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The last quarterfinalist will be determined and playoff venues decided in this weekend's final regular-season round of Super Rugby which will highlight again the unfairness of the tournament's conference system.
Aaron Smith of the Highlanders during the 2018 Super Rugby game between the Bulls and the Highlanders at Loftus Versfeld Stadium in Pretoria.
Seven quarterfinalists have already been determined, four from New Zealand, two from South Africa and one from Australia.
The defending champion and Christchurch-based Crusaders have sealed first place in the New Zealand conference and on the overall table, ensuring they will have home advantage as long as they stay alive in the playoffs.
The New South Wales Waratahs have clinched first place in the Australian conference. First place remains up for grabs in an African conference in which the Johannesburg-based Lions, finalists in each of the last two years, are three points ahead of Argentina's Jaguares.
The Lions play the Pretoria-based Bulls and the Jaguares face the Durban-based Sharks in intra-conference matches in the last round.
The African conference winner automatically qualifies for the playoffs and has home advantage until it faces a higher-ranked opponent.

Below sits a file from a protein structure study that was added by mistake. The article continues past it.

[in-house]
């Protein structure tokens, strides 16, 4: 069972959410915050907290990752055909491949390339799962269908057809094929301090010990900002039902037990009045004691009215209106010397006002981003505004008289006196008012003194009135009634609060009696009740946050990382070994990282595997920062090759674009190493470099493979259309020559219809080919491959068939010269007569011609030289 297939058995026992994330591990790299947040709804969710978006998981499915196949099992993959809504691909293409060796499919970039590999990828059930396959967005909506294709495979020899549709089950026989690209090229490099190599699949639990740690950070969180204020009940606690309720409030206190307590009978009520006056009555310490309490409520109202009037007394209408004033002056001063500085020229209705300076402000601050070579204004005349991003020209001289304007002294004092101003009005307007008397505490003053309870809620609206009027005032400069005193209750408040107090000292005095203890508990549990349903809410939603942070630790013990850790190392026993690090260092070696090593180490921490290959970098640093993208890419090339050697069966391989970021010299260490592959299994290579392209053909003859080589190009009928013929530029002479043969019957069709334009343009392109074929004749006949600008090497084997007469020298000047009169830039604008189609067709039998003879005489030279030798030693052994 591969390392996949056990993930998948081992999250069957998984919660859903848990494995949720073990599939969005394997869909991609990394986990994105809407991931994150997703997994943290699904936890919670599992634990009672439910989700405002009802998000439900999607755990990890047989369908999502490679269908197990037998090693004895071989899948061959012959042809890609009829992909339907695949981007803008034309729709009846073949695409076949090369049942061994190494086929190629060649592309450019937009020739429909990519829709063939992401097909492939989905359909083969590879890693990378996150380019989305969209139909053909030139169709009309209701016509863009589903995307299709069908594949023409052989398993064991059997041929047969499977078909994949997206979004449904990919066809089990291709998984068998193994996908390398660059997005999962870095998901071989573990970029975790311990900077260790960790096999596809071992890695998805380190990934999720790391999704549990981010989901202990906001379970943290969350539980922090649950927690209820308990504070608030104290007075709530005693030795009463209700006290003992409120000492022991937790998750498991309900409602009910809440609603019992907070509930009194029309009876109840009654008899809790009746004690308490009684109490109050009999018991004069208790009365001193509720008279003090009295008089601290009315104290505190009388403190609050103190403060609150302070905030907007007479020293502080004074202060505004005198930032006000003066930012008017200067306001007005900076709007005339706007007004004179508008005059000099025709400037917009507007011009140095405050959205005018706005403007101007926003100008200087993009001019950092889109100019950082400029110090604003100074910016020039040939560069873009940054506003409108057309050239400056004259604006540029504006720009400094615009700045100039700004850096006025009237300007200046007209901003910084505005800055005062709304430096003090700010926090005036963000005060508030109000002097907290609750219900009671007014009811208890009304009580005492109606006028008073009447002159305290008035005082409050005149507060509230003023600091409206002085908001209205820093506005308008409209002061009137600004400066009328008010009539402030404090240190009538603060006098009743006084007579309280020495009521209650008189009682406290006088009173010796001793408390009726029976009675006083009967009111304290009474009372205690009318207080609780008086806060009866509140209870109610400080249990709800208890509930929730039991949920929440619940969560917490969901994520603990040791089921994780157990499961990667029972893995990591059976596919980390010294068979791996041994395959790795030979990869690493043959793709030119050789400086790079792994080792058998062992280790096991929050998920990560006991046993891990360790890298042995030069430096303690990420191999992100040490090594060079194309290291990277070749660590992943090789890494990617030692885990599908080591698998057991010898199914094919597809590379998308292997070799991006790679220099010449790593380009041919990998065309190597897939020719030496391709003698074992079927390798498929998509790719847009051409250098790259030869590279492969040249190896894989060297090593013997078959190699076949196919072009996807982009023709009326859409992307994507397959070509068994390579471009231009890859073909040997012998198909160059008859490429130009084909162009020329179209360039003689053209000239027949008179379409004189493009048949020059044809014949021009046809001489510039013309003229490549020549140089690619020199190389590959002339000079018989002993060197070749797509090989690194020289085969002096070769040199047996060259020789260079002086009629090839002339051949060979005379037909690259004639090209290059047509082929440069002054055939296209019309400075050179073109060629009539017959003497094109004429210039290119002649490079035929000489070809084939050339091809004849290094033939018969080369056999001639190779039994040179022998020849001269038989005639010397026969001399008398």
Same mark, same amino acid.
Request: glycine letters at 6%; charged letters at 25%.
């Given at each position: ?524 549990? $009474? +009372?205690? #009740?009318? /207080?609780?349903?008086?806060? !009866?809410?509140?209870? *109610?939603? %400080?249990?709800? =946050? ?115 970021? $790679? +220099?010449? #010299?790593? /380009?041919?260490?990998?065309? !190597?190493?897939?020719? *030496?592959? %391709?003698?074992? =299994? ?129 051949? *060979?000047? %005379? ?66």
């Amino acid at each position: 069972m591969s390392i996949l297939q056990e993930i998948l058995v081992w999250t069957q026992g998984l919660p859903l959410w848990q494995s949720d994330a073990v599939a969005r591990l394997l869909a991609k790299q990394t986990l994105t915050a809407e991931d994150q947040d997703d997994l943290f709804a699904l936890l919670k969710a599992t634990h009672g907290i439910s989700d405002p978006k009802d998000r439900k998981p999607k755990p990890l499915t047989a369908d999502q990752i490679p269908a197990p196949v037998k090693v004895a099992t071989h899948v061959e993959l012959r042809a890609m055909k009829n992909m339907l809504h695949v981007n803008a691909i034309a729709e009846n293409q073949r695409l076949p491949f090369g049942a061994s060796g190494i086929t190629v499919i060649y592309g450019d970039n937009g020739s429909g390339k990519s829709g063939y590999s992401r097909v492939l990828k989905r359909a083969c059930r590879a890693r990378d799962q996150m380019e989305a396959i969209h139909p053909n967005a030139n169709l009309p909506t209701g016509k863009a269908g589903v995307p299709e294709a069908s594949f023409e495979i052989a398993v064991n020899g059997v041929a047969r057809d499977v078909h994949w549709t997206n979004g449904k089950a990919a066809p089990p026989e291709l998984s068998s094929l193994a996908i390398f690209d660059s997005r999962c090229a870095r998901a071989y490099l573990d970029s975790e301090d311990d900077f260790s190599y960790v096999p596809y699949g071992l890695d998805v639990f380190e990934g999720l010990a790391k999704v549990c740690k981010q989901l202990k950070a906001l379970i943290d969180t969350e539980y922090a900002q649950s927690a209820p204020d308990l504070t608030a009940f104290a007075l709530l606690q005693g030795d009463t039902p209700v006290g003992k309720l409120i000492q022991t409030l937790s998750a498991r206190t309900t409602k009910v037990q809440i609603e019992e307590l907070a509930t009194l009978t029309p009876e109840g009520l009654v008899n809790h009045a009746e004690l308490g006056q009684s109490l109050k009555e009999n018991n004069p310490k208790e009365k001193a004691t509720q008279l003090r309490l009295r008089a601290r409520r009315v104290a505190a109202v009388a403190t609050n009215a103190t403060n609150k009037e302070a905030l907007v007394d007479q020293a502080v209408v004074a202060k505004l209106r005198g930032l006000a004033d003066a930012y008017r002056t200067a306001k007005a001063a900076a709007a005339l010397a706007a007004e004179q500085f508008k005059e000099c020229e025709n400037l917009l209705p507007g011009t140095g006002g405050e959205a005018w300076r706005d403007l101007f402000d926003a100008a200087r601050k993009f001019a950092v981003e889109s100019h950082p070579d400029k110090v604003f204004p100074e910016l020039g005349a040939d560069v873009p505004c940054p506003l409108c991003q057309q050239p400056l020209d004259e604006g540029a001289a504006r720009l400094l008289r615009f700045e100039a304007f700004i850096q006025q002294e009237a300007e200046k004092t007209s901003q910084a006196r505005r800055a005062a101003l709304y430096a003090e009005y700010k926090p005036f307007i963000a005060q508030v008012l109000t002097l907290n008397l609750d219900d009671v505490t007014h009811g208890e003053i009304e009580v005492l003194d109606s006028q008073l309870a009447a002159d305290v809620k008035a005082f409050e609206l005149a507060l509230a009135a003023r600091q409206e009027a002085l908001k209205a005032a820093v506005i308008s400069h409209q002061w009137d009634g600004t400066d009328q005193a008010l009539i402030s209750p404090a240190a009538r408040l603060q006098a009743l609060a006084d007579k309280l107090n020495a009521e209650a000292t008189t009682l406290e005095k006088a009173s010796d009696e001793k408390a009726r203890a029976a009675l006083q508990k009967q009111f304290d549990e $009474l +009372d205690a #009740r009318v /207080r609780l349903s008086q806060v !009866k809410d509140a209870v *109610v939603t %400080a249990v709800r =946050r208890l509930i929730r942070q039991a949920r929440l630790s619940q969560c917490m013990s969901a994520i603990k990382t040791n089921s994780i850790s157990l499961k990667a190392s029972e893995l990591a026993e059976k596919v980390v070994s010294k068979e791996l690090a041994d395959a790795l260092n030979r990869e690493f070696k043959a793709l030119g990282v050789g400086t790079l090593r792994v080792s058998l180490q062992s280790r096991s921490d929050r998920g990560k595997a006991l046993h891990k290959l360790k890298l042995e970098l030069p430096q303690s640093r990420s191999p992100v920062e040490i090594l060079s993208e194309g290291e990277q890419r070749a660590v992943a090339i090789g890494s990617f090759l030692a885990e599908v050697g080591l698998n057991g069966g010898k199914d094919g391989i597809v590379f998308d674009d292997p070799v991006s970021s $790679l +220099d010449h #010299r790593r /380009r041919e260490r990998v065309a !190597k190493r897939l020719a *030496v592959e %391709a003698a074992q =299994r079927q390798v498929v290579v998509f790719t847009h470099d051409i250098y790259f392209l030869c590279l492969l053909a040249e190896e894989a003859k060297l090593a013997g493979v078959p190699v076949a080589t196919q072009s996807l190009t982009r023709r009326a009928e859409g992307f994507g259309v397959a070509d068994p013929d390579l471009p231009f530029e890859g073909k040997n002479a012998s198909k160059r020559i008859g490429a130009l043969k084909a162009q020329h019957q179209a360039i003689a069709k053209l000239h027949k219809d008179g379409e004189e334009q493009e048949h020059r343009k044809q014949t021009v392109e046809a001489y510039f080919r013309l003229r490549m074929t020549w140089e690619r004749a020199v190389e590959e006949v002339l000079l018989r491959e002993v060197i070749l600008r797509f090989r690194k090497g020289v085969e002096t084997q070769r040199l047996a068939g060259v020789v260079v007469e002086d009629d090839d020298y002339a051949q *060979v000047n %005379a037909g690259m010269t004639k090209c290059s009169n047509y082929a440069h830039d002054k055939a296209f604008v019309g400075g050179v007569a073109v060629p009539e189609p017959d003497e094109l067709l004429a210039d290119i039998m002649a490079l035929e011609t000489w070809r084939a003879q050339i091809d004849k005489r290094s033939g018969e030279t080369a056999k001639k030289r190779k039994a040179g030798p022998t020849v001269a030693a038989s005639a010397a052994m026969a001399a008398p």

Of the five wild-card playoff spots available, three have been secured by New Zealand teams. The Highlanders are safe as are the Hurricanes and Chiefs, who meet Friday in the opening match of the last round.
The Hurricanes have already beaten the Chiefs once during the regular season and the teams may meet again in next weekend's quarterfinals, either in Hamilton or Wellington.
The Hurricanes' Chris Boyd is the latest coach to denounce a system that gives home advantage to conference winners even when they accrue fewer championship points than wild-card teams. The Hurricanes currently have 50 points, placing them well ahead of the Waratahs with 44 and Lions with 41.
"The Crusaders are entrenched at No.1 and the Lions are going to finish top of their conference, the Waratahs are going to finish top of their conference and then the Chiefs and Hurricanes are going to finish fourth and fifth, or fifth and fourth," Boyd told Fairfax Media.
"The vagaries of the competition structure, given the pools, means that potentially both the Hurricanes and the Chiefs will finish higher, or thereabouts, than the Waratahs and Lions but don't enjoy the privilege of getting the home playoff, so that's an interesting feature of the competition."
The Dunedin-based Highlanders, with 40 points, have also secured a playoff berth ahead of their match on Saturday against the Melbourne Rebels. Their quarterfinal will be away from home but they will have to wait until the final round ends to learn whether it will be in Sydney, Johannesburg or Buenos Aires.
Scrumhalf Aaron Smith said the Highlanders aren't concerned about the quarterfinal venue.
"Playoff rugby is what it's all about," he said. "We're at the crunch end of the season, we've set ourselves up to be in the playoffs no matter what, which is nice. It's just a matter of where we're flying to."
The Waratahs will end the regular season against the ACT Brumbies, who have a slight chance of making the playoffs. The Rebels or Sharks will likely take the final quarterfinal spot.
A win would give the Waratahs a clean sweep of conference matches this season.
"The reality is you want to win games at this time of year," Waratahs assistant coach Chris Malone said. "You want to go into a quarterfinal on the back of a win against a good, tough side and that's really important for us."